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Enjoy Magazine

CH2M Hill's Rising Stars Gala

10/01/2013 01:53PM ● By Kerri Regan
Story by Kerri Regan
Photo: Betsy Erickson

If the next Neil Armstrong or John Muir were sitting in a North State classroom right now, would you embrace the chance to help nudge him or her toward a world-changing career?

CH2M Hill will host the 5th Annual Rising Stars Gala on Oct. 26 at Turtle Bay Museum to benefit the Clair Hill Scholarship Fund, Schreder Planetarium and Whiskeytown Environmental School (WES). In the past four years, the event has raised nearly $100,000 to help more than 2,200 children participate in these programs.

“We really want to make a difference in this community, and it’s important to have kids in the pipeline for these careers,” says CH2M Hill Manager Tony Jaegel, who visited the planetarium as a child growing up in Hayfork. “Everybody has a good time at the gala, but we’ve also really made a huge difference in the viability and success of Schreder Planetarium and Whiskeytown Environmental School.”

WES Camp began in 1971 at Whiskeytown National Recreation Area and is one of just two National Environmental Education Development camps left in the country (25 were originally developed by the National Park Service). The Schreder Planetarium has provided engaging science education since 1979. Both facilities are community jewels that have even inspired some people’s career choices.

Local schoolteacher Kerry Packham has seen WES Camp from just about every conceivable vantage point—as a camper, a counselor, a camper’s mom, and a fifth-grade teacher who has taken students there. “As a kid, did you ever have one of those beyond incredible experiences that you wished would never have to end?” Packham asks. “As you grew up, did you look back fondly and dream of that adventure that was independent of parents, a challenge, and a real life-changer? If you were fortunate enough to grow up in and around Redding, that unforgettable experience was probably when you attended Whiskeytown Environment School. It’s a rite of passage for so many in our community.”

Campers study environmental science through hands-on experiences, but also learn self-reliance and interdependence, Packham says. “As a teacher, it is a glimpse into the other side of the brain and its capacity to absorb complex subjects through hands-on, interactive exploration. I also love the fact that we can go and have fun with students. It has been an extraordinary blessing to be part of this program and to see from generation to generation the ties that connect kids, schools, families and the community together.”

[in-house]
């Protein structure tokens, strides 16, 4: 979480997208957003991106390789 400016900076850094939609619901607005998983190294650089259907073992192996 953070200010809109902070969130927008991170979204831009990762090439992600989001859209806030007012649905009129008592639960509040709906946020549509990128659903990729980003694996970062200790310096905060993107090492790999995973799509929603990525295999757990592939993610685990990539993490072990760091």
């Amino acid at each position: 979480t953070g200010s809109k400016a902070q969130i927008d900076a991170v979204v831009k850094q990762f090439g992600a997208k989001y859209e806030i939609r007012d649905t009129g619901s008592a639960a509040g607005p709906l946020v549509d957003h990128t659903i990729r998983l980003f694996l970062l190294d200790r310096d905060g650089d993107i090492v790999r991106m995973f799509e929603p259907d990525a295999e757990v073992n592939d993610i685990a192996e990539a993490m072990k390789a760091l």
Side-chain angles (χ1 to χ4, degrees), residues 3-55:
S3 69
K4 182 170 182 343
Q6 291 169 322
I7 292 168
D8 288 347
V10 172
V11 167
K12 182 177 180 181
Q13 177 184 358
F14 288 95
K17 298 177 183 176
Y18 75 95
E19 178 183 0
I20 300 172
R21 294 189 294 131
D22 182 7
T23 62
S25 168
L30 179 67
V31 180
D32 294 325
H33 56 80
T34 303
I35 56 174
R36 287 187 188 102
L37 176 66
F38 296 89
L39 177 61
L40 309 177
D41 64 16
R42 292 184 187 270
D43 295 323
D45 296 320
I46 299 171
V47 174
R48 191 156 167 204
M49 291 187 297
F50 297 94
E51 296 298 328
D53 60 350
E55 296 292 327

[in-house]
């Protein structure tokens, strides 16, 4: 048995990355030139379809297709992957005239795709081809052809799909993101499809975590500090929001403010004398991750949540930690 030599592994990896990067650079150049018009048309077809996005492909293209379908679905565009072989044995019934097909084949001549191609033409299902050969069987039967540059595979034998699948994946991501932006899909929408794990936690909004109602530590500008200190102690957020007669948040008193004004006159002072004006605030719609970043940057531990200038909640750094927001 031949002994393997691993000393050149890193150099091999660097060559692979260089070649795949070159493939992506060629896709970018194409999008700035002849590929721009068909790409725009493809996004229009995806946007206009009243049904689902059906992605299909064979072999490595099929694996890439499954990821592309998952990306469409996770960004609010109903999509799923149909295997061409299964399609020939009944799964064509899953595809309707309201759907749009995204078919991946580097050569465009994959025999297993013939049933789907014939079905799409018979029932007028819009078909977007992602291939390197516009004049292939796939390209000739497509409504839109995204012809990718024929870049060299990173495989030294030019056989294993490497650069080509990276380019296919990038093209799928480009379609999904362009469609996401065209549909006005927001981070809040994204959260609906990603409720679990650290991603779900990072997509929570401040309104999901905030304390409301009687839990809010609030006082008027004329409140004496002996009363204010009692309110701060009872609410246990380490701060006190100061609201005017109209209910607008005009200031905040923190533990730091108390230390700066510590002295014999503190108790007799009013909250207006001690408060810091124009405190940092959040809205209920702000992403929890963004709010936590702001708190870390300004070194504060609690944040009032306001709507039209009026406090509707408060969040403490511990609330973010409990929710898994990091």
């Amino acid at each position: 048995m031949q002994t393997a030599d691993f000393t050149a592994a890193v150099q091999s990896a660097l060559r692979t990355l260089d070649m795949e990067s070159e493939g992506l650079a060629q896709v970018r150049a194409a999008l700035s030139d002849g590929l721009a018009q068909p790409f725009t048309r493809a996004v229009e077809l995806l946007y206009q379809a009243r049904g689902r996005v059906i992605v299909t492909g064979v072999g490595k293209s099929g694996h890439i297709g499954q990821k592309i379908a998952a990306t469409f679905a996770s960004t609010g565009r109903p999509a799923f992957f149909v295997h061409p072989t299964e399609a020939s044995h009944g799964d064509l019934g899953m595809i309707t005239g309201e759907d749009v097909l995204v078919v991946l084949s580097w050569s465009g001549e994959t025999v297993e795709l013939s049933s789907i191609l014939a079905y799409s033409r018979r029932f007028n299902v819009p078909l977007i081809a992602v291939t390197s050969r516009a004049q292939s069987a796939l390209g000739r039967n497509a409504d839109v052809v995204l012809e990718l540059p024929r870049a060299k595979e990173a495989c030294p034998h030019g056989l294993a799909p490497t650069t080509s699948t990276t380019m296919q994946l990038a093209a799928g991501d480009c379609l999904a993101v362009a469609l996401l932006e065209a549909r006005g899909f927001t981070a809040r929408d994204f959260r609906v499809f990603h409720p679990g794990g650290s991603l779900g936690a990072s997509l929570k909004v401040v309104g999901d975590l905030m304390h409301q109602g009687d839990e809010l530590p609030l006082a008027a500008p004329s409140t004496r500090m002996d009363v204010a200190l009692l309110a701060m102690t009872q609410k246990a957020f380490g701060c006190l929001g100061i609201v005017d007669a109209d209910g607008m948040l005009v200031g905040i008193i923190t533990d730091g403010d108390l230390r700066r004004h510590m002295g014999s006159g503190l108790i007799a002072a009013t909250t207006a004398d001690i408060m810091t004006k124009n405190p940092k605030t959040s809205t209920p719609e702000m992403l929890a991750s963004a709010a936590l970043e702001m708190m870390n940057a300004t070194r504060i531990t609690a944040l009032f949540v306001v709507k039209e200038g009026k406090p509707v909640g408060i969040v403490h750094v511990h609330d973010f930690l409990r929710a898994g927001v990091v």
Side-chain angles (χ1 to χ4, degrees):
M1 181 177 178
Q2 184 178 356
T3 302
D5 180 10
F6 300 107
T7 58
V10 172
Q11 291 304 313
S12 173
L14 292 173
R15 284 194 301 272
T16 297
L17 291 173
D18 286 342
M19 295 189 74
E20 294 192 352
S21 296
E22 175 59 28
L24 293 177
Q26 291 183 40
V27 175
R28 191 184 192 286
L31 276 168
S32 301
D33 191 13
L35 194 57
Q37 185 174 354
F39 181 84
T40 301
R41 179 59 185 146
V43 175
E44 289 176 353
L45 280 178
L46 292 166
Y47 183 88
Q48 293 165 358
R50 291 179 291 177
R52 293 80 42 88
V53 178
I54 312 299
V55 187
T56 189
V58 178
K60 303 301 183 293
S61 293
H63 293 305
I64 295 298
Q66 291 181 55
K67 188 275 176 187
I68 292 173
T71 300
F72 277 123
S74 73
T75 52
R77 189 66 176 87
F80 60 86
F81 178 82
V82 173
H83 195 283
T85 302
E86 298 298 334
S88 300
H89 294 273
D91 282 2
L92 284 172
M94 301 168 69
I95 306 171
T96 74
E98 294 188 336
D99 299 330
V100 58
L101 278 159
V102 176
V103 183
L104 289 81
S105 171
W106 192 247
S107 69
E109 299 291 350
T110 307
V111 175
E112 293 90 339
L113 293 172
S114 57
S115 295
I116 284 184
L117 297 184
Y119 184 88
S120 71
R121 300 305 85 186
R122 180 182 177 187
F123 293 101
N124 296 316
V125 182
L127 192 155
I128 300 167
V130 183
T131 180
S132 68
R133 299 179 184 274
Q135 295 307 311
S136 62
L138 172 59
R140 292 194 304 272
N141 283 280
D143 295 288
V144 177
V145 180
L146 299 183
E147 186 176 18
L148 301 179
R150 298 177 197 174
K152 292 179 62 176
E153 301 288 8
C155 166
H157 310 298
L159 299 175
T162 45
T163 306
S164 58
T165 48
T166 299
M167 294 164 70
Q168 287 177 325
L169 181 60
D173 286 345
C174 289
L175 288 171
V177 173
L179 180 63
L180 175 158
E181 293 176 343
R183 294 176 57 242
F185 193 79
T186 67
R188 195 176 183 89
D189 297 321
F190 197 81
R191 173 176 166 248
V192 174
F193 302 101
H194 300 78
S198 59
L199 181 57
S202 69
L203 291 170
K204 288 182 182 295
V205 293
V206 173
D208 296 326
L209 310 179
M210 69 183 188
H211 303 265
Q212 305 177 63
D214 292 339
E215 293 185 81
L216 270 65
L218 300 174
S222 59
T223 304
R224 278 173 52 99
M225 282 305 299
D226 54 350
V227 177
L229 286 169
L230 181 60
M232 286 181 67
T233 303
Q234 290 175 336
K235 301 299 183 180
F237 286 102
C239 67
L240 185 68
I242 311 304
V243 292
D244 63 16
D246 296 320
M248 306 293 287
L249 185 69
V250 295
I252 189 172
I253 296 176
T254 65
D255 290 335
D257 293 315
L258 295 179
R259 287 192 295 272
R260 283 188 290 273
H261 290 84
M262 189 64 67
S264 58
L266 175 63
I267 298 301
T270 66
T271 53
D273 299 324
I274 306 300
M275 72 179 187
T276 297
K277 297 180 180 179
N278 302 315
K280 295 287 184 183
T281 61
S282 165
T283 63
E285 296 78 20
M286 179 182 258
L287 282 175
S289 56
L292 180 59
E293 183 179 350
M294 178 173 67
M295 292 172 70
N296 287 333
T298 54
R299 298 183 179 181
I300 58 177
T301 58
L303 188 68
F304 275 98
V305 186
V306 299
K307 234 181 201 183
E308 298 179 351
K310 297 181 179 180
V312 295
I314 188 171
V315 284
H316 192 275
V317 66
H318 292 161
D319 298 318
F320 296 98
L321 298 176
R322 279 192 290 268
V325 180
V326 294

WES campers have the chance to peer up at the stars each night, but students get an even closer look at astral anomalies when they visit Schreder Planetarium. “We will never know the full impact of this amazing gem of Shasta County,” says David Ewart, planetarium director from 2005 to 2012. “It has touched thousands of people in its 34 trips around the sun.”

California Institute of Technology junior Ronnel Boettcher volunteered at the planetarium as an Enterprise High School student. “It is a place of inspiration and excitement where people of any age are invited to learn how the world works,” Boettcher says. “I can say confidently that the degree to which my volunteering experience benefited me toward achieving my goals was tremendous. In the past, I have interned with NASA Ames working on their airborne infrared telescope SOFIA, attended a NASA-funded science camp and participated in the National Science Bowl competition in our nation’s capital.”

Ewart loves hearing stories like that, as he too was awestruck by visits to observatories and science centers as a child. He witnessed the successful launch of the Space Shuttle Columbia in 1981, his high school was across the street from NASA Ames, and “these institutions that exalt human ingenuity were all part of my childhood adventures that opened my mind to the wonders of science,” Ewart says. “Schreder Planetarium was the launch platform to share my love of science with kids.”

Shasta High School science teacher Brian Grigsby, who directed the planetarium from 2000 to 2005, still works with NASA, and his students are doing photoanalysis for the Mercury mission. Many local students’ love of science begins at the planetarium, he says. “When I started, I thought, how can we use this resource to take people somewhere they haven’t been before? The novelty of a place like that is that it lends itself to learning and is fertile ground for them to learn. My mom would take me there and I would be in awe—how they got the stars up on that dome, and I loved being able to move the universe to show kids something. I feel like the planetarium itself is a key factor in why I went into science and why I love astronomy.”

Assistance from CH2M Hill—largely, the Rising Stars Gala—puts experiences like science summer camps and a Community Science Intern (CSI) program into reach for low-income students, he says. One 12-year-old girl who participated in some summer camps now wants to pursue a career in astrobiology.

The gala was launched when CH2M Hill decided to forgo their annual Christmas dinner and party five years ago, instead choosing to use those funds as a seed to launch the fundraiser. Rather than sponsoring a couple of students, they wanted to develop a more meaningful partnership through this fundraiser, Jaegel says. The event includes raffles, gambling, live and silent auctions, a band, a bar and food.

“Employees still get together and have a good time, but they’re contributing $25,000 to a community cause,” he says. •

5th Annual Rising Stars Gala • Oct. 26, 7-11 pm, Turtle Bay Museum Tickets: $30; go to or 2525 Airpark Drive, Redding, or call (530) 229-3340